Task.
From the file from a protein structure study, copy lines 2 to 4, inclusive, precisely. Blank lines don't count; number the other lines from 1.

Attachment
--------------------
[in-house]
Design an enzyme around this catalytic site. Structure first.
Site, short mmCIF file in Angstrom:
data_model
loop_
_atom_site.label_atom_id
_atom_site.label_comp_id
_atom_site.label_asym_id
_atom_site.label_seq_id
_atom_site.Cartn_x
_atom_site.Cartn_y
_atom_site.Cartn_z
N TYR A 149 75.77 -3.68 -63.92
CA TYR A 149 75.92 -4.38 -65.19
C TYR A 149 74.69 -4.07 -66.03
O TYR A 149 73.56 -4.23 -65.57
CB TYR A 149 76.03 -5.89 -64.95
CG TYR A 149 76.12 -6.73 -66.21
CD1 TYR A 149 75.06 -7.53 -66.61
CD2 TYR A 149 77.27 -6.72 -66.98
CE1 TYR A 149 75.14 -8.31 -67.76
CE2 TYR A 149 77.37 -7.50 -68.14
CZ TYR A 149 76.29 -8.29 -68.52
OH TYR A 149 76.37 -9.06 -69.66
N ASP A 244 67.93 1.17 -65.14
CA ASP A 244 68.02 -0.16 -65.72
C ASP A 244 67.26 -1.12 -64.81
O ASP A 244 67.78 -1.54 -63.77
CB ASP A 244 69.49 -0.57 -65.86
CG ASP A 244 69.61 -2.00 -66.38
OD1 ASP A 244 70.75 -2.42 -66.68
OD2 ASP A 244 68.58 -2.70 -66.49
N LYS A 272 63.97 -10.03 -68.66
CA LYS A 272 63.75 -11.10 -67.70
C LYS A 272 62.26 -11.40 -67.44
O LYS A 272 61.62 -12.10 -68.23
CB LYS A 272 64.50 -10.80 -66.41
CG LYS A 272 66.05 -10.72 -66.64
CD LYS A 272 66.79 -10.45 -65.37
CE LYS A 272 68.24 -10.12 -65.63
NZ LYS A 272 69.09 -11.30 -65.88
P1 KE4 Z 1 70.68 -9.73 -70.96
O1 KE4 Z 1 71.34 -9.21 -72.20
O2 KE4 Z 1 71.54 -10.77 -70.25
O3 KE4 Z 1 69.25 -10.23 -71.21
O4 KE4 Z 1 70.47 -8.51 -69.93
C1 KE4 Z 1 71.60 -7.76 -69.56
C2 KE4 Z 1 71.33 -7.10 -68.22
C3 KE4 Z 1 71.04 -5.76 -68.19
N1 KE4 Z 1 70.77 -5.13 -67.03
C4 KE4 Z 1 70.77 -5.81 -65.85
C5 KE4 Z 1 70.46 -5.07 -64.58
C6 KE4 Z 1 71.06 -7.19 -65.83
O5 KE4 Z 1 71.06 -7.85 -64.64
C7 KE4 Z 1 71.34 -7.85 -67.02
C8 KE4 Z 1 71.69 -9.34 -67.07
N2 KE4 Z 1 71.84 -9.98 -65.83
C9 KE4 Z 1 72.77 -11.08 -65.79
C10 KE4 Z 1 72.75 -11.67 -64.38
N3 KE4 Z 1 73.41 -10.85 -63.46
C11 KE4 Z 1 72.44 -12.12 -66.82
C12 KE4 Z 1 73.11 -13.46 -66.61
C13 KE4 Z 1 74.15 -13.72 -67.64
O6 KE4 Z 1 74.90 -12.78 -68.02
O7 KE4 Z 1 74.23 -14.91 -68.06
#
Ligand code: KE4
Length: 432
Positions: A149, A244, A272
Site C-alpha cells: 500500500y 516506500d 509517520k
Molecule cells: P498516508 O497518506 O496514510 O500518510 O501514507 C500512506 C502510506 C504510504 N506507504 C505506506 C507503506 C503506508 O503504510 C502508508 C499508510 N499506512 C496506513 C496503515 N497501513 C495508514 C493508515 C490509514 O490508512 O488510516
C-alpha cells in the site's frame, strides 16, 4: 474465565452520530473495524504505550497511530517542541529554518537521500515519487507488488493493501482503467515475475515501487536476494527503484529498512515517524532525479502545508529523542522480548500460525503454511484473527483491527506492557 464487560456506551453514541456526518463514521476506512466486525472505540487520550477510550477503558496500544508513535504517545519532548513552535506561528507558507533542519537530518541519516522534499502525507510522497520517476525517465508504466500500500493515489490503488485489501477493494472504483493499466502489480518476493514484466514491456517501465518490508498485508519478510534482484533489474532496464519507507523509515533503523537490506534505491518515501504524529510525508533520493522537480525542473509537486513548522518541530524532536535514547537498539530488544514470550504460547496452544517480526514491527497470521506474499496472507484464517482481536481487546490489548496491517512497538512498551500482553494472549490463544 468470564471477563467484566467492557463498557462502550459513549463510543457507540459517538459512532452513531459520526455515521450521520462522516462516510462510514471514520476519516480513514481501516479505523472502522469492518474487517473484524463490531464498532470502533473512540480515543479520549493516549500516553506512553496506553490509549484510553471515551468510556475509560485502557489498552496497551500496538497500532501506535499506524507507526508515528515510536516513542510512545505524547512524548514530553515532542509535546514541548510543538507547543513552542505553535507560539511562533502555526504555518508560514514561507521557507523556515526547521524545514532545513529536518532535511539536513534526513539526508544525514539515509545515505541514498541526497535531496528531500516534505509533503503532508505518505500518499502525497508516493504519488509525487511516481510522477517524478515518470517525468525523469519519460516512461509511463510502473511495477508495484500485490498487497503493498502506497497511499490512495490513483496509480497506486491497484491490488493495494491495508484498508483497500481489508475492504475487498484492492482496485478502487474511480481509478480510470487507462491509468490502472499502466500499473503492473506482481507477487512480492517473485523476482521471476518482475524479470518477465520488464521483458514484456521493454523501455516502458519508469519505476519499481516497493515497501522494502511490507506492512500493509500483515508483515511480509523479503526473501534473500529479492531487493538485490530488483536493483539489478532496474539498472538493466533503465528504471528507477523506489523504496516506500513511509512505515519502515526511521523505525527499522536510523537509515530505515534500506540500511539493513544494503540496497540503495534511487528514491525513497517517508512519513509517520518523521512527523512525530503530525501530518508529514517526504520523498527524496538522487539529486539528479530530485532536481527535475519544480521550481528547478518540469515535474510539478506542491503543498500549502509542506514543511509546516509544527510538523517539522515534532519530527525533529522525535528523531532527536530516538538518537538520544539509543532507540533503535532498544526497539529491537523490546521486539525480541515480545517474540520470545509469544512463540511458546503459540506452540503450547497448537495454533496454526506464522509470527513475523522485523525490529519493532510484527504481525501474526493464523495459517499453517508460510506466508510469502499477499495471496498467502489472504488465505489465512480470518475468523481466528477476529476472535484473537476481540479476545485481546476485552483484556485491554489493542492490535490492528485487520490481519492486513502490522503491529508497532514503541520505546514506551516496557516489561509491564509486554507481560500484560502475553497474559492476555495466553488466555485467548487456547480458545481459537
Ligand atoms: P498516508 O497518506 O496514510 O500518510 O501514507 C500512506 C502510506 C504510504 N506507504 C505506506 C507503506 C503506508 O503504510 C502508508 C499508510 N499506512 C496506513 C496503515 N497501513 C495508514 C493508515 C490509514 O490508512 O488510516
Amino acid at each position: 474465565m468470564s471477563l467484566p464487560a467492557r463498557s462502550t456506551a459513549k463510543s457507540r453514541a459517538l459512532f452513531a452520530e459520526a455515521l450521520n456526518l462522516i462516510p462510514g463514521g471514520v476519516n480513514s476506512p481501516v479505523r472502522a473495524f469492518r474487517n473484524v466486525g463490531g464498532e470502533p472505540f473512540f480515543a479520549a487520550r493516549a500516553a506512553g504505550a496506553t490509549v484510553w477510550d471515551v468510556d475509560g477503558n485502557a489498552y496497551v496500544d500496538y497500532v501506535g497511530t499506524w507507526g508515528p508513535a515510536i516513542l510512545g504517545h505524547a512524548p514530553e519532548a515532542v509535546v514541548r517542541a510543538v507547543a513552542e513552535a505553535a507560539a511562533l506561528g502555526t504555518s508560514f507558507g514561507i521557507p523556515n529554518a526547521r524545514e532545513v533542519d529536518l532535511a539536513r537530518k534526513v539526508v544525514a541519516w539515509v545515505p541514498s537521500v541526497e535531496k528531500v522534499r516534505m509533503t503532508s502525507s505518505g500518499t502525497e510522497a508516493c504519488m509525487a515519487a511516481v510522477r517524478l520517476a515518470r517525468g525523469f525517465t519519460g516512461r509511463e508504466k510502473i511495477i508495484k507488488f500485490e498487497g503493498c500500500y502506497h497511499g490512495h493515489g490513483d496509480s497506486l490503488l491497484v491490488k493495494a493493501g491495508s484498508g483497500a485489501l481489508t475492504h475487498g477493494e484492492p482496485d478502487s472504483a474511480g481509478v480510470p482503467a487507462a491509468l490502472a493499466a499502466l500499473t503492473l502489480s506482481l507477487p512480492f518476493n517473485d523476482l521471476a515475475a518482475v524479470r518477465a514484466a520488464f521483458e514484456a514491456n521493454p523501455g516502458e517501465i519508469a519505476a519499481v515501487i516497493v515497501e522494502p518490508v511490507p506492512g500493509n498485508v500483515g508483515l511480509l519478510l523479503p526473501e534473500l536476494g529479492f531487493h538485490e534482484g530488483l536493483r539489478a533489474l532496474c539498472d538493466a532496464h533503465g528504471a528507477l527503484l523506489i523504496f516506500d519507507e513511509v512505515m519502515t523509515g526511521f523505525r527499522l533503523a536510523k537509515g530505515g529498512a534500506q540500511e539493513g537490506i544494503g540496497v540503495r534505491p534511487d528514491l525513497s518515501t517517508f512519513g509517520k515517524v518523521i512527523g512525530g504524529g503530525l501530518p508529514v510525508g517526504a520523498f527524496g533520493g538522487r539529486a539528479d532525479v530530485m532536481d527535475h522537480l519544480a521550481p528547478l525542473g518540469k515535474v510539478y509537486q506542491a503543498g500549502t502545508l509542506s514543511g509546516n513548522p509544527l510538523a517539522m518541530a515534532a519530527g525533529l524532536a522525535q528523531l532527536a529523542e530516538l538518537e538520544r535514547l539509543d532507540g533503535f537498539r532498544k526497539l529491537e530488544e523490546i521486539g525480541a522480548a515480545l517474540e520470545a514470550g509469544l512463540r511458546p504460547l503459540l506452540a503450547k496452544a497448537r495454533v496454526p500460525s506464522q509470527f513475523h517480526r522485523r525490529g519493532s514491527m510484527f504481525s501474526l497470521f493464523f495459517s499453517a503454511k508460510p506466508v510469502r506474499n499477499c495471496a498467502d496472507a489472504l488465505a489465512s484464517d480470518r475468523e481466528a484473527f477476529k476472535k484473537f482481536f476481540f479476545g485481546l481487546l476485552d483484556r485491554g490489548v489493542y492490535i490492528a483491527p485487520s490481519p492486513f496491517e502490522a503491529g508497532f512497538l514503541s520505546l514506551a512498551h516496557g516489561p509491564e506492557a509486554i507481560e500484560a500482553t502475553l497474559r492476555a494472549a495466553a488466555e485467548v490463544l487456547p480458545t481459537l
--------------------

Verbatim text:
Design an enzyme around this catalytic site. Structure first.
Site, short mmCIF file in Angstrom:
data_model